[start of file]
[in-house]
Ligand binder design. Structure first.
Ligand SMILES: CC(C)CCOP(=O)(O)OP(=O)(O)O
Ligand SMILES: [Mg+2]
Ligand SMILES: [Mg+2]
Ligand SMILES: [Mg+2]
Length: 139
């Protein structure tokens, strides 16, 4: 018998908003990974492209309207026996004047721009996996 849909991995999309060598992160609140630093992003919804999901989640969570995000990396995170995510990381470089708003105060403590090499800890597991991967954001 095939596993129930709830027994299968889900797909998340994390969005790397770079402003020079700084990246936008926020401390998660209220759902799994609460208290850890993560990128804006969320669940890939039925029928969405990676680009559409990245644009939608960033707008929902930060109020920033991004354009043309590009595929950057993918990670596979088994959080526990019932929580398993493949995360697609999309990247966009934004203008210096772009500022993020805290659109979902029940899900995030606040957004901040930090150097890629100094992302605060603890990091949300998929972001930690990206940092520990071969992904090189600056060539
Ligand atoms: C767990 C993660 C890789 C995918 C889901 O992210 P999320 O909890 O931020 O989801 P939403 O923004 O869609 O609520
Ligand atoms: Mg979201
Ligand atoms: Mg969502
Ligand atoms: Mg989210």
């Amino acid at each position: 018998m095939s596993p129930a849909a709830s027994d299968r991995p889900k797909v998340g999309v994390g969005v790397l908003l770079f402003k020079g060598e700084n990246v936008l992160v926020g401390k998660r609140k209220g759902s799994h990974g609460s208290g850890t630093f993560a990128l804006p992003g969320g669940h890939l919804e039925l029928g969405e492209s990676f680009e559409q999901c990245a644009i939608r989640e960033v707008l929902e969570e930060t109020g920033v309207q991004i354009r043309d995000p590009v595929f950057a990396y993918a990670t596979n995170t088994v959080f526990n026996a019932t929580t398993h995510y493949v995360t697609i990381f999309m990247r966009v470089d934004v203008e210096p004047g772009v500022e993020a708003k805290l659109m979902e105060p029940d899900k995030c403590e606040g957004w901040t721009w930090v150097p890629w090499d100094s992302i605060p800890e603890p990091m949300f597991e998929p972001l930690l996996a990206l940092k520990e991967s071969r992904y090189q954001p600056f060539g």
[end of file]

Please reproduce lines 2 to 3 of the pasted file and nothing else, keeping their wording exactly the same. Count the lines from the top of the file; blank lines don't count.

Ligand binder design. Structure first.
Ligand SMILES: CC(C)CCOP(=O)(O)OP(=O)(O)O